The decision was made to use radiotherapy to treat the SCC lesion, as surgical resection was not possible because of its location and cutaneous SCC in domestic cats has been reported to respond well to radiotherapy (Cunha et al. 2010; Gasymova et al. 2017; Theon et al. 1995). In addition, radiotherapy has been previously used in conjunction with immunotherapy and surgical excision in a lion to successfully treat a melanoma of the lip (4 weekly treatments of 8 gray (Gy) external-beam hypofractionated radiation and 4 bimonthly immunotherapy treatments were used to reduce the tumour size by 50%, after which surgical excision was performed) (Steeil et al. 2013). In contrast, a single fraction of 22 Gy using stereotactic radiotherapy was unsuccessful in treatment of a facial leiomyosarcoma in a tiger (Panthera tigris), which succumbed to severe metastatic disease 4 months later (Boudreaux et al. 2019). The radiotherapy was performed at the Mediclinic Muelmed Hospital in Pretoria, where the lion was sedated as described here (topped up with intravenously administered 0.5 mg/kg ketamine as needed). The lion was strapped onto a patient trolley in the prone position, with the head secured with tape to prevent movement (Figure 3a) and an Elasto-Gel used to ensure the correct dose of radiation was uniformly delivered to the affected area of the nasal planum (Benson et al. 1991) (Figure 3b). Using an Elekta Synergy machine (Elekta Instrument AB, Stockholm), the lion was administered 8 Gy radiation directly to the lesions (~5 min duration). Upon recovery, the lion was transferred back to Lory Park Zoo and Owl Sanctuary. This procedure was repeated on three further occasions, each 8 days apart. In total, the lion received 32 Gy radiation. During the month of treatment, the lion was kept in the shade in his enclosure (with his female companion). At the end of radiation therapy, a blood sample was taken and all values were again within the normal range (Appendix Table 1-A1).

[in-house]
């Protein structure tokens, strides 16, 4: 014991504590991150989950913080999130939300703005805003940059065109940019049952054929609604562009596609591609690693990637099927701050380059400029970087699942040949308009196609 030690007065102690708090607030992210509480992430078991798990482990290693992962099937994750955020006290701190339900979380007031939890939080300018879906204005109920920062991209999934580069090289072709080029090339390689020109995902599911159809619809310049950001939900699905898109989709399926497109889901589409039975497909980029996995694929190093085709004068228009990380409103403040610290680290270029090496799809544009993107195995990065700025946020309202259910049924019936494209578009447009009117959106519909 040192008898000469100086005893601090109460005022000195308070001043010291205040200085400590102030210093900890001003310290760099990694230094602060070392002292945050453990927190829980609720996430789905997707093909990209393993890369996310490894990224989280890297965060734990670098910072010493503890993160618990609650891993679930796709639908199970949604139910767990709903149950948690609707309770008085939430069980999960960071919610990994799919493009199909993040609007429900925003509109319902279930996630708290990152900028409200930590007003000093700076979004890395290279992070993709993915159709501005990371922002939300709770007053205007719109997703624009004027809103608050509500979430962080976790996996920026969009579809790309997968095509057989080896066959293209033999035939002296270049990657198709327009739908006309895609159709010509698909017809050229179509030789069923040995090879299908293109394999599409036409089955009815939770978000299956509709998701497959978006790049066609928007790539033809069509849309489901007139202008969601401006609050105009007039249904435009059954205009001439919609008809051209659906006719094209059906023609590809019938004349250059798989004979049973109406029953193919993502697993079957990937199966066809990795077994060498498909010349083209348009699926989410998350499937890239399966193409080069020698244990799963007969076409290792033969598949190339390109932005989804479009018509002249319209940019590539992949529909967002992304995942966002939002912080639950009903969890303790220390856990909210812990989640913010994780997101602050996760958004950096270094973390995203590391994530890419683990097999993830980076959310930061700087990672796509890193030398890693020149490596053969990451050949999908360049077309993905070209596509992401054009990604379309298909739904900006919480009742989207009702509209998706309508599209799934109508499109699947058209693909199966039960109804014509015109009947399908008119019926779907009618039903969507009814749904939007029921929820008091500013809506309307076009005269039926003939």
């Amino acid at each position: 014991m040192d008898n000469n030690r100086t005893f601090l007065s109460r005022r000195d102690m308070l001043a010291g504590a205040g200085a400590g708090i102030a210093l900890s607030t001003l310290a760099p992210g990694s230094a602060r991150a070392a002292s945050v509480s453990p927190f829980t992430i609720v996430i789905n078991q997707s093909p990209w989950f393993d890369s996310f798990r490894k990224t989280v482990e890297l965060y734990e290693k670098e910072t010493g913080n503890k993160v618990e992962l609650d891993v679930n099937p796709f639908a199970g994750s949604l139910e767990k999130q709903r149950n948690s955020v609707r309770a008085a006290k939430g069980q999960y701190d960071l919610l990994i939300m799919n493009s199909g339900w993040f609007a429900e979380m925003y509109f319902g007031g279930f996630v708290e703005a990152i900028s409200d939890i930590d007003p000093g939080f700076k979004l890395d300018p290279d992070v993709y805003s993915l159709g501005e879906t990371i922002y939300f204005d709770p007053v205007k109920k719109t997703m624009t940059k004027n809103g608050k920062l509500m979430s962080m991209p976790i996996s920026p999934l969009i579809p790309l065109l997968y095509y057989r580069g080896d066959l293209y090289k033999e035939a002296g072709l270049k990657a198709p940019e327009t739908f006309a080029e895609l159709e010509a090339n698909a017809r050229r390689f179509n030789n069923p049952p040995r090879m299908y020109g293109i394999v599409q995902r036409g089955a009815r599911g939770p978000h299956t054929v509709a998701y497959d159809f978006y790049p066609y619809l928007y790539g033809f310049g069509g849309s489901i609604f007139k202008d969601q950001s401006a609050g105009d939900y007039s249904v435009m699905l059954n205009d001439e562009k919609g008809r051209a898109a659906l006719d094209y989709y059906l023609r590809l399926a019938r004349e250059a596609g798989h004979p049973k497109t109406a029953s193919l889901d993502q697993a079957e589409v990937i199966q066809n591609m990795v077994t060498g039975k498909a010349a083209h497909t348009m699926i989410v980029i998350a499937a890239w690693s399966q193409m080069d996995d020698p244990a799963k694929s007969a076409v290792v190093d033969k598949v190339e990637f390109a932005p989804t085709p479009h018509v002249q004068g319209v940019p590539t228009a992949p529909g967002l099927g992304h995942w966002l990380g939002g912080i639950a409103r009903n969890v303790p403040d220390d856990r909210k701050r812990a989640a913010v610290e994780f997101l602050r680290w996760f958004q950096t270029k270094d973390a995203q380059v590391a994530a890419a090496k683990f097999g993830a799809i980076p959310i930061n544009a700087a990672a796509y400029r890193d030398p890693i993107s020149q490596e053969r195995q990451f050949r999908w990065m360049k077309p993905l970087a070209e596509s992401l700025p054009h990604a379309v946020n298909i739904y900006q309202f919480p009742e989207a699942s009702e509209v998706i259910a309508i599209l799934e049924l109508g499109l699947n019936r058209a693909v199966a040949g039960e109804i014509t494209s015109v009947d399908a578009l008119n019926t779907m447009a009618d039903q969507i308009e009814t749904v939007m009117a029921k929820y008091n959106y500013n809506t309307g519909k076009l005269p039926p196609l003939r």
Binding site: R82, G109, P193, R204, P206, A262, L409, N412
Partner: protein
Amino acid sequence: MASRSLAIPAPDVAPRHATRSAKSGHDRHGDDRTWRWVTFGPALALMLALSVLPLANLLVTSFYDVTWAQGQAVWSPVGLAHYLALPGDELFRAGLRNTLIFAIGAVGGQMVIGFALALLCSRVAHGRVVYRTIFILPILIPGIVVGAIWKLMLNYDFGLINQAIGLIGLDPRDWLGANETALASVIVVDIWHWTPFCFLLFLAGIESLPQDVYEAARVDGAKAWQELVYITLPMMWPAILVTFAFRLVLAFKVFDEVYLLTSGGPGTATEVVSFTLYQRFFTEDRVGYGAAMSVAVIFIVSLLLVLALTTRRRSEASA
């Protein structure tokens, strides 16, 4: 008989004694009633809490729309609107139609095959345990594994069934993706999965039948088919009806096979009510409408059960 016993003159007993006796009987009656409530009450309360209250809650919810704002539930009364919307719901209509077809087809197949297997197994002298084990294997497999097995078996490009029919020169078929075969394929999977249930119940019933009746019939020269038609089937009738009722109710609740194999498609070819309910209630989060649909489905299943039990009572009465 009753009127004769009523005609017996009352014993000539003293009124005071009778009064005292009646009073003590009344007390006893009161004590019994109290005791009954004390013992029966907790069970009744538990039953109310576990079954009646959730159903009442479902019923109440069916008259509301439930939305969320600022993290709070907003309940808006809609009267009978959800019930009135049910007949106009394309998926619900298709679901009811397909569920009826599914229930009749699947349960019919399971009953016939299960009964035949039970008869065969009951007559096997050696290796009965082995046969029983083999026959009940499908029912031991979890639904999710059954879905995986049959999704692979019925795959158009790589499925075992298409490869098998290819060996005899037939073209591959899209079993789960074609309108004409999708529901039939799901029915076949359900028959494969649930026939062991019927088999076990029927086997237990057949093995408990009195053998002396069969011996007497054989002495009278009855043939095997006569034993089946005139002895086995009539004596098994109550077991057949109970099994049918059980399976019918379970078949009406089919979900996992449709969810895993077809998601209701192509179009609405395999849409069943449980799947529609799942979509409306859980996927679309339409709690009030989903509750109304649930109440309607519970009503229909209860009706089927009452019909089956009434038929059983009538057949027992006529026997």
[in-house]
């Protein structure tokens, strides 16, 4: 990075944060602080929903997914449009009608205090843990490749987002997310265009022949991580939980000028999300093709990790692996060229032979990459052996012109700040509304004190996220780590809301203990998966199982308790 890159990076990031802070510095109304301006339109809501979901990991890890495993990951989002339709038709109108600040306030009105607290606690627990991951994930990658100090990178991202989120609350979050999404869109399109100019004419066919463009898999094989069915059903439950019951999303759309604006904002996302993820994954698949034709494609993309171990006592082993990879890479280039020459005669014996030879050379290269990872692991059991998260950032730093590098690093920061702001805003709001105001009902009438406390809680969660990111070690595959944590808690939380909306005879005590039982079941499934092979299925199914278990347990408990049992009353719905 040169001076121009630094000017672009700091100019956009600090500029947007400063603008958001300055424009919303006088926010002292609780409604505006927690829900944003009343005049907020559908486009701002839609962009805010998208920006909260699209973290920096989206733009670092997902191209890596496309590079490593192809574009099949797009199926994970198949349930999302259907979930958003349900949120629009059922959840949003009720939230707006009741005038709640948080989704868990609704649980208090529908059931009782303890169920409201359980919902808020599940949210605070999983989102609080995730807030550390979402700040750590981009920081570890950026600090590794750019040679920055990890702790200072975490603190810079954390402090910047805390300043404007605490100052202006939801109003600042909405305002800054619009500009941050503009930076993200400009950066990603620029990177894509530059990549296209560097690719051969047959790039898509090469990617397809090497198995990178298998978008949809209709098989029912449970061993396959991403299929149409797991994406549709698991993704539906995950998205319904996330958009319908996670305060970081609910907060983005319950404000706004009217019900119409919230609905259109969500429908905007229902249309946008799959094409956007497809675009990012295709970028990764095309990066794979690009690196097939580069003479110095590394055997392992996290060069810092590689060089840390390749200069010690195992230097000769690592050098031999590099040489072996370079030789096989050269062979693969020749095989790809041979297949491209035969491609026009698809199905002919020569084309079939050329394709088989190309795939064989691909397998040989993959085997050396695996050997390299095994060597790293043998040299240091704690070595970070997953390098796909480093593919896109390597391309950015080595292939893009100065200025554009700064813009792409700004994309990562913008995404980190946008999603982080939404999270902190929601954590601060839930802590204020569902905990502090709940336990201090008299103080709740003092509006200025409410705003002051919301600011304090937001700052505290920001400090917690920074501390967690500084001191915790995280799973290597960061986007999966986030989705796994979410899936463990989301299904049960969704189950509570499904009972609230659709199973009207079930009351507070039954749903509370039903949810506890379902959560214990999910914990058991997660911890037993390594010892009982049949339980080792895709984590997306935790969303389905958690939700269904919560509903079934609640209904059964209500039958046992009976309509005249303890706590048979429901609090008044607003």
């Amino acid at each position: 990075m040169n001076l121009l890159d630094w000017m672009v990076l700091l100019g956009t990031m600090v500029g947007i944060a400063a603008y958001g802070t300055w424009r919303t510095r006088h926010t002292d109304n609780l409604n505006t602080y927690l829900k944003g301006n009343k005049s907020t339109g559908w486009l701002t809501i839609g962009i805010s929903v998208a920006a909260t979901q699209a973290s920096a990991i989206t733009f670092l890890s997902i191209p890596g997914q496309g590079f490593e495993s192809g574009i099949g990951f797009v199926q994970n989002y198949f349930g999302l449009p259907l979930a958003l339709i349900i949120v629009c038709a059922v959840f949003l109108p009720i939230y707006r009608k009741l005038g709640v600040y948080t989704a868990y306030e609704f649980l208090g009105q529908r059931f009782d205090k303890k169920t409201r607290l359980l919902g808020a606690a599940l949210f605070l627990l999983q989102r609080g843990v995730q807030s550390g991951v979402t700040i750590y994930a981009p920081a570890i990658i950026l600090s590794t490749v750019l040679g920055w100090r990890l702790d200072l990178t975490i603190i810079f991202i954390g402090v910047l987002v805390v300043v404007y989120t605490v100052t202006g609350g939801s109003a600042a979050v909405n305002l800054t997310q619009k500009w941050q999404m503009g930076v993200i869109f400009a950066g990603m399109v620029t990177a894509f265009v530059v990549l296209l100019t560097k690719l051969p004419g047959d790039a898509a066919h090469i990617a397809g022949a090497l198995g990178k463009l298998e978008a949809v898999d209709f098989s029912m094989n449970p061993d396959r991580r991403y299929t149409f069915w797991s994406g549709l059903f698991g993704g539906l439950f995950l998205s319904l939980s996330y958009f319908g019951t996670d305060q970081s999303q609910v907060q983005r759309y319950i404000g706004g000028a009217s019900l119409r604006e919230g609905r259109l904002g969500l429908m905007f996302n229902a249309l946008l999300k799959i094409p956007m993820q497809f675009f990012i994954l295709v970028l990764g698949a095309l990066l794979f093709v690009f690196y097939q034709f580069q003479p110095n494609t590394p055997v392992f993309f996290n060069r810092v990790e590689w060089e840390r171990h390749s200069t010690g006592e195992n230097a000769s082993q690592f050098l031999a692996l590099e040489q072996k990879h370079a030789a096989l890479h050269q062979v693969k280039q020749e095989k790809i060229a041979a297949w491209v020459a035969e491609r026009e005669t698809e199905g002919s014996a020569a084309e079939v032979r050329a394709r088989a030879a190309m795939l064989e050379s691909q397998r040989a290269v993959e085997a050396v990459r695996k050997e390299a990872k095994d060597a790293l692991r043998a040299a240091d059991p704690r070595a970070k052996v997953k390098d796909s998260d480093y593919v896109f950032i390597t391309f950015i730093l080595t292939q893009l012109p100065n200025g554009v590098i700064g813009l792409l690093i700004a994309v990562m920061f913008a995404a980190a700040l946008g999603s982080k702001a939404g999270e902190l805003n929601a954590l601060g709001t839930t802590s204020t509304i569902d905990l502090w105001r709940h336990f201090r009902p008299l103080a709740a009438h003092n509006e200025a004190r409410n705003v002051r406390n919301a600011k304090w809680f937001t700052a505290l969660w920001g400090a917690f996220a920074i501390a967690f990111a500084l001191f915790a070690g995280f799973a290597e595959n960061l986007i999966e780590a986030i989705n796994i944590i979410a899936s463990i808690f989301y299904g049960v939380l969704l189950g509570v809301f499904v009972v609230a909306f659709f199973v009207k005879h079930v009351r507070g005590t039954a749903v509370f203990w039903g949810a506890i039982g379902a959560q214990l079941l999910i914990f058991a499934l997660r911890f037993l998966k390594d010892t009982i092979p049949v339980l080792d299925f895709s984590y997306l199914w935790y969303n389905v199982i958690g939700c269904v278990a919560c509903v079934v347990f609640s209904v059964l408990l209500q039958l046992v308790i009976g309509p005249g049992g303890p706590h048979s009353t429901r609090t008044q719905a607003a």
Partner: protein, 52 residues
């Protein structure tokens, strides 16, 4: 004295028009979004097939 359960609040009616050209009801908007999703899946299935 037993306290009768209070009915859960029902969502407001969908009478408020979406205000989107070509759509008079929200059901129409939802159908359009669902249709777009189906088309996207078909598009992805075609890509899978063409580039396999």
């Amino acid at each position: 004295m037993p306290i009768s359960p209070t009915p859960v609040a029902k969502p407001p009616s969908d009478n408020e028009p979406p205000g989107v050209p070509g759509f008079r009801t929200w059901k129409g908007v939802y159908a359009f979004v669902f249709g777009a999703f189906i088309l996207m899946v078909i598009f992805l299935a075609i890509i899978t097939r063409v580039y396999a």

FIGURE 3: Photograph of the lion being prepared for radiotherapy treatment. (a) Lion strapped onto a patient trolley in the prone position, with the head secured with tape (arrow) to prevent movement. (b) Blindfold applied for protection of the eyes (asterisk) and Elasto-Gel applied and marked for correct positioning (arrow) to ensure the correct dose of radiation was uniformly delivered to the affected area of the nasal planum (dashed circle).